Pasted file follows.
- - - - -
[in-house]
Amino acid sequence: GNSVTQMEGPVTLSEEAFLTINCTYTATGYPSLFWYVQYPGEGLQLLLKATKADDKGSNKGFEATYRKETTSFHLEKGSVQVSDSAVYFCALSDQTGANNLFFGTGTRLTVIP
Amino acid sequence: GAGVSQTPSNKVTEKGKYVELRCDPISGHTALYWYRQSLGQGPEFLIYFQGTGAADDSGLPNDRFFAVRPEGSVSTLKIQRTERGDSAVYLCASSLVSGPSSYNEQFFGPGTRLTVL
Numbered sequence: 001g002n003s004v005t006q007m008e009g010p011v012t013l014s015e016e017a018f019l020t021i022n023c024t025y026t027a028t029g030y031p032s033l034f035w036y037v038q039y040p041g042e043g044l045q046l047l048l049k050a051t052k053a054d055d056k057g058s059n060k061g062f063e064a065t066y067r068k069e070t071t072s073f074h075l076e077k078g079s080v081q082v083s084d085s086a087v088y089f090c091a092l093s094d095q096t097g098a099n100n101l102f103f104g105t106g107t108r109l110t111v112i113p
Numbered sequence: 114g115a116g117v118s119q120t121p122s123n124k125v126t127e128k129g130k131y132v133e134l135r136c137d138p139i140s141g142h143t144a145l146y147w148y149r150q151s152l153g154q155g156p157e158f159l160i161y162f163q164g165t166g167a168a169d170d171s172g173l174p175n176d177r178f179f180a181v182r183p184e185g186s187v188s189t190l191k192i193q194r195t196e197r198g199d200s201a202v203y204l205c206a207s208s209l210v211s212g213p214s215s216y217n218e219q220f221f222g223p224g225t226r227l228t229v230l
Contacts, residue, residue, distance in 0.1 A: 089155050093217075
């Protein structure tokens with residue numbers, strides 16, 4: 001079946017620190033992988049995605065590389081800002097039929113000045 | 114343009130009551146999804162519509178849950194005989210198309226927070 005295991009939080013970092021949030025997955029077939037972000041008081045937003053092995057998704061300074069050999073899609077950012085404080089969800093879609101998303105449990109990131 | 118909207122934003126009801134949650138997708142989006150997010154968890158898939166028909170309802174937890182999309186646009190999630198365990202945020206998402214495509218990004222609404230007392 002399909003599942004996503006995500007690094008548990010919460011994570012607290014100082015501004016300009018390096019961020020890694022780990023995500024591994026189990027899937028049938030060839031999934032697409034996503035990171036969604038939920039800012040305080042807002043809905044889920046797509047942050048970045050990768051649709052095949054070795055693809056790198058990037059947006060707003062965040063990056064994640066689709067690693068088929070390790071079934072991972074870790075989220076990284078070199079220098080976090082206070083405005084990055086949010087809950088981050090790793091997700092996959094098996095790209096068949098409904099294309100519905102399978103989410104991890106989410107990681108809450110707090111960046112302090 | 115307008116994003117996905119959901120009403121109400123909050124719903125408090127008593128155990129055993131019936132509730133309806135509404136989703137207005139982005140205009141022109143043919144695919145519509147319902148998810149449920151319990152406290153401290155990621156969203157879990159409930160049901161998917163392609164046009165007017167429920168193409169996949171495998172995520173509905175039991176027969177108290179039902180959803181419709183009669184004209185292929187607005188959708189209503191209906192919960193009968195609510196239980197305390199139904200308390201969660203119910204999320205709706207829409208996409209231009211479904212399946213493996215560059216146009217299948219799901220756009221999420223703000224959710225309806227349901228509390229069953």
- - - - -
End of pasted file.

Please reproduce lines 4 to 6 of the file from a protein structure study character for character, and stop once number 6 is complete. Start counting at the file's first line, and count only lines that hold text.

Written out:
Numbered sequence: 001g002n003s004v005t006q007m008e009g010p011v012t013l014s015e016e017a018f019l020t021i022n023c024t025y026t027a028t029g030y031p032s033l034f035w036y037v038q039y040p041g042e043g044l045q046l047l048l049k050a051t052k053a054d055d056k057g058s059n060k061g062f063e064a065t066y067r068k069e070t071t072s073f074h075l076e077k078g079s080v081q082v083s084d085s086a087v088y089f090c091a092l093s094d095q096t097g098a099n100n101l102f103f104g105t106g107t108r109l110t111v112i113p
Numbered sequence: 114g115a116g117v118s119q120t121p122s123n124k125v126t127e128k129g130k131y132v133e134l135r136c137d138p139i140s141g142h143t144a145l146y147w148y149r150q151s152l153g154q155g156p157e158f159l160i161y162f163q164g165t166g167a168a169d170d171s172g173l174p175n176d177r178f179f180a181v182r183p184e185g186s187v188s189t190l191k192i193q194r195t196e197r198g199d200s201a202v203y204l205c206a207s208s209l210v211s212g213p214s215s216y217n218e219q220f221f222g223p224g225t226r227l228t229v230l
Contacts, residue, residue, distance in 0.1 A: 089155050093217075